MK: Both drivers have shown a very good performance. Nico delivers what we expected from him. He is fast, consistent and very efficient. He has gained a lot of points through his fighting spirit, but he also knows how to seize and use chances if they present themselves to him during a race. Esteban had a tough start. In addition, the car was not as good at the beginning of the season as it is today, which didn’t help. Nevertheless he worked hard and improved continuously. It was only a question of time for everything to slot into place, as we could see last weekend. Looking at his times, he was often very close to Nico, but, because the competition in the middle field is so tight, sometimes it was a couple of positions away, which, at a first glance, doesn’t look good. However, he also did an outstanding job when, for example, giving feedback regarding the set-up of the car, which took the team forward. (Sauber F1)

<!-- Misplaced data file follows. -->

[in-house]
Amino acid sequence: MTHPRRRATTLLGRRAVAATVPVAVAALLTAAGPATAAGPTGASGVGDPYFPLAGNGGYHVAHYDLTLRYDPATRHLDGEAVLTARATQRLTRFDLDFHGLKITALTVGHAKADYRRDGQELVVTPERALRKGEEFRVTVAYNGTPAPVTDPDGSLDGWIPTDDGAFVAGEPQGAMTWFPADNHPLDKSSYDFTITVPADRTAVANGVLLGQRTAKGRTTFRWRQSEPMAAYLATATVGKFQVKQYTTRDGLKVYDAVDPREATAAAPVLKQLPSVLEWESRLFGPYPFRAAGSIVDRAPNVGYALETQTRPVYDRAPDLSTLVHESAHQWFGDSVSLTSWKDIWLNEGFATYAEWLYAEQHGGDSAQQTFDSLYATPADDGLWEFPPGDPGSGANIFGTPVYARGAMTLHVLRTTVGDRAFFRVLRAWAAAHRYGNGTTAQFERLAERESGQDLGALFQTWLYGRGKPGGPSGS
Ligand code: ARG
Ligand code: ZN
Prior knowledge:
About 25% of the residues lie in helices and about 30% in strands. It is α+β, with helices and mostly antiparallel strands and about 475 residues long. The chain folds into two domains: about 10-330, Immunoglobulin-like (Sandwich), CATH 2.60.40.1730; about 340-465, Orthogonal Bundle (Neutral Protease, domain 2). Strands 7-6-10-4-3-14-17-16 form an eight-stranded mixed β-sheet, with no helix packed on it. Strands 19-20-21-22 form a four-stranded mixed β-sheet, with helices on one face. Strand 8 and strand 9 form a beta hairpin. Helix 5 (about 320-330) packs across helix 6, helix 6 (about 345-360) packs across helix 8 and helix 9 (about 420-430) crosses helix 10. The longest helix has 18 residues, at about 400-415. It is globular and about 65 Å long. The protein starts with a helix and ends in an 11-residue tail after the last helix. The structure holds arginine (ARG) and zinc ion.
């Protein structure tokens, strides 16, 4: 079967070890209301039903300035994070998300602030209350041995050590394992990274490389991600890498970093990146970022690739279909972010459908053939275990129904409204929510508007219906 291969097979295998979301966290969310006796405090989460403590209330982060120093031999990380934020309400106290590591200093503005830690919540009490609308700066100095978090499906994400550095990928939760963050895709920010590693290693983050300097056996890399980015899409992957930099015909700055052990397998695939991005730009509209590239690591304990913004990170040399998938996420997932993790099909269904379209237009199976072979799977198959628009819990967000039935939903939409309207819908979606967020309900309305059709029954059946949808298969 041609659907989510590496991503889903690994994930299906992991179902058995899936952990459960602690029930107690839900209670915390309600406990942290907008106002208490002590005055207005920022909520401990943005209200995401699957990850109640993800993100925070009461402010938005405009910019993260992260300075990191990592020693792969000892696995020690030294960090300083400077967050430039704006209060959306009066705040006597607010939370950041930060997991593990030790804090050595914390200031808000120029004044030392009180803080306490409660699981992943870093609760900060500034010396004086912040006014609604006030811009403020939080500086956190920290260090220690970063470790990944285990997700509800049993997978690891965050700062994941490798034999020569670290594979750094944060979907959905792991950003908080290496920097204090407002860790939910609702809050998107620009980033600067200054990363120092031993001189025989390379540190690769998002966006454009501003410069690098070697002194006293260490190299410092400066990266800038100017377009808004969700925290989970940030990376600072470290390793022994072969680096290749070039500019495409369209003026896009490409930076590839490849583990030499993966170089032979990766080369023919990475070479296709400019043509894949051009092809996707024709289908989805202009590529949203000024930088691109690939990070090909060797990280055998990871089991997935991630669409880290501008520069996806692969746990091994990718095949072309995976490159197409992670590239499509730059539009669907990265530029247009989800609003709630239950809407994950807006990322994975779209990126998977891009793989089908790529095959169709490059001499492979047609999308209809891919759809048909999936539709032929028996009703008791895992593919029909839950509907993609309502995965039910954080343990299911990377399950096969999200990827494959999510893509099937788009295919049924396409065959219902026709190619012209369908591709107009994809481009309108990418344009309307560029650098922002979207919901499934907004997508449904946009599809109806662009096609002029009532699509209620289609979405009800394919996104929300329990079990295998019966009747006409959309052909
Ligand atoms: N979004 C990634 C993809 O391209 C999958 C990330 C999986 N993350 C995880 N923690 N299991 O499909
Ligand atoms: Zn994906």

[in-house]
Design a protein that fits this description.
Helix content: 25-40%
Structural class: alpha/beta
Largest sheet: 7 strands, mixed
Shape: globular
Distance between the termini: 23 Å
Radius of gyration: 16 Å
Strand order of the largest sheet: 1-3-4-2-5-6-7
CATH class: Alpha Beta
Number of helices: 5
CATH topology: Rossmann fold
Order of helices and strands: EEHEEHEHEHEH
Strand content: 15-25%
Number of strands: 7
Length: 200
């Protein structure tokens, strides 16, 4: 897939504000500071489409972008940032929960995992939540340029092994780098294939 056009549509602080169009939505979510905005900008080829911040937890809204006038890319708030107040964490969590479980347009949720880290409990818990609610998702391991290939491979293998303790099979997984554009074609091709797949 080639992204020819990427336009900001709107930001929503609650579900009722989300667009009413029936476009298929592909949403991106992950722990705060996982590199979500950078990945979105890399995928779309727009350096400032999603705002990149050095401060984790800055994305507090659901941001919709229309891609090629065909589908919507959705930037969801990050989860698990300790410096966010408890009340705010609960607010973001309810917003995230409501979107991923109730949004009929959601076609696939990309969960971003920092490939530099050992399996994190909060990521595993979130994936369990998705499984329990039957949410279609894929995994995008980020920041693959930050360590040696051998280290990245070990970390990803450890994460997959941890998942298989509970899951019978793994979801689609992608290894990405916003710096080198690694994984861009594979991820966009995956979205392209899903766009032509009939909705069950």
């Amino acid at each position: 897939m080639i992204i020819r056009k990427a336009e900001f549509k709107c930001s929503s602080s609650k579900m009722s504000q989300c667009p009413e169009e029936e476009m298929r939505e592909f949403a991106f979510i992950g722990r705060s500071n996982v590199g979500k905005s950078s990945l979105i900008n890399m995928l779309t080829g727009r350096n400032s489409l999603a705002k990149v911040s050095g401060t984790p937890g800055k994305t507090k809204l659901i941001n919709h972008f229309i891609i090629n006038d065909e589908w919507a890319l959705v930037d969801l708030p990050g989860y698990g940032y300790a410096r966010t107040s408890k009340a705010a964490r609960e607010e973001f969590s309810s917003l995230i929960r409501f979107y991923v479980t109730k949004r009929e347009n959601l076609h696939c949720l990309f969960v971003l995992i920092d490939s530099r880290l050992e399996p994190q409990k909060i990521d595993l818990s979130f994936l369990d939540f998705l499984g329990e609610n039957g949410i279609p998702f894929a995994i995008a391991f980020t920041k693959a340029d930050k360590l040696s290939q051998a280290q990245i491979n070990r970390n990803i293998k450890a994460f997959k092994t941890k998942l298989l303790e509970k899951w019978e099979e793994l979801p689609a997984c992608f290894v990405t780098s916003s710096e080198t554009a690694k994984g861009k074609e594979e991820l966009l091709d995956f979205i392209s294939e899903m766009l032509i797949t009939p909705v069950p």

Subbed by AJN.


  • Boycottthebull

    It was more a case of keep developing this years car because most likely it was going to be their last. Kalternborn is so out of her depth, she is the Chilton of the team Principles. She let one of the best rising talents in F1 (Hulkenberg) slip through her fingers because of her own mismanagement. She has subsequently taken the whole pay driver farce to a whole new level signing a teen nobody who has never even succeeded at any lower formula to even permit him to get his super-licence. A couple of good techs have pulled them out of the fire with the help of Hulkenberg for the second half of the season but she can take no credit for that. If I was one of the Russian backers her leaving would have been one of the first conditions.

  • Hawk

    Just shut the f up